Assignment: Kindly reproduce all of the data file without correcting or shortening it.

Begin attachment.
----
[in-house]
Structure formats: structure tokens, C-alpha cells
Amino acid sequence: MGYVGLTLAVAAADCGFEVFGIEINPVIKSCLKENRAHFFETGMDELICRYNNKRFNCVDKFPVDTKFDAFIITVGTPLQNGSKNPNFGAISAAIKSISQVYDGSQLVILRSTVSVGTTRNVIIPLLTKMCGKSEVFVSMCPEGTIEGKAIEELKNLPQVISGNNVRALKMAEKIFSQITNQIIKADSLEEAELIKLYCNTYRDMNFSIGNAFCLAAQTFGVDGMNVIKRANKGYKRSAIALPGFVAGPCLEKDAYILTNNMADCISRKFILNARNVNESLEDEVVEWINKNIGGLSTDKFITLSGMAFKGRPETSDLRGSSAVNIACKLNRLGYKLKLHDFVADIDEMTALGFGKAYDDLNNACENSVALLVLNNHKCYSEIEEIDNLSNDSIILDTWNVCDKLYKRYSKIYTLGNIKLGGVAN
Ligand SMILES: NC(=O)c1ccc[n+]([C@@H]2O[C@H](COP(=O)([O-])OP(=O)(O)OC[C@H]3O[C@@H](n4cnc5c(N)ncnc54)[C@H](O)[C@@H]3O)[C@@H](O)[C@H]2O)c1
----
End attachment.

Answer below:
[in-house]
Structure formats: structure tokens, C-alpha cells
Amino acid sequence: MGYVGLTLAVAAADCGFEVFGIEINPVIKSCLKENRAHFFETGMDELICRYNNKRFNCVDKFPVDTKFDAFIITVGTPLQNGSKNPNFGAISAAIKSISQVYDGSQLVILRSTVSVGTTRNVIIPLLTKMCGKSEVFVSMCPEGTIEGKAIEELKNLPQVISGNNVRALKMAEKIFSQITNQIIKADSLEEAELIKLYCNTYRDMNFSIGNAFCLAAQTFGVDGMNVIKRANKGYKRSAIALPGFVAGPCLEKDAYILTNNMADCISRKFILNARNVNESLEDEVVEWINKNIGGLSTDKFITLSGMAFKGRPETSDLRGSSAVNIACKLNRLGYKLKLHDFVADIDEMTALGFGKAYDDLNNACENSVALLVLNNHKCYSEIEEIDNLSNDSIILDTWNVCDKLYKRYSKIYTLGNIKLGGVAN
Ligand SMILES: NC(=O)c1ccc[n+]([C@@H]2O[C@H](COP(=O)([O-])OP(=O)(O)OC[C@H]3O[C@@H](n4cnc5c(N)ncnc54)[C@H](O)[C@@H]3O)[C@@H](O)[C@H]2O)c1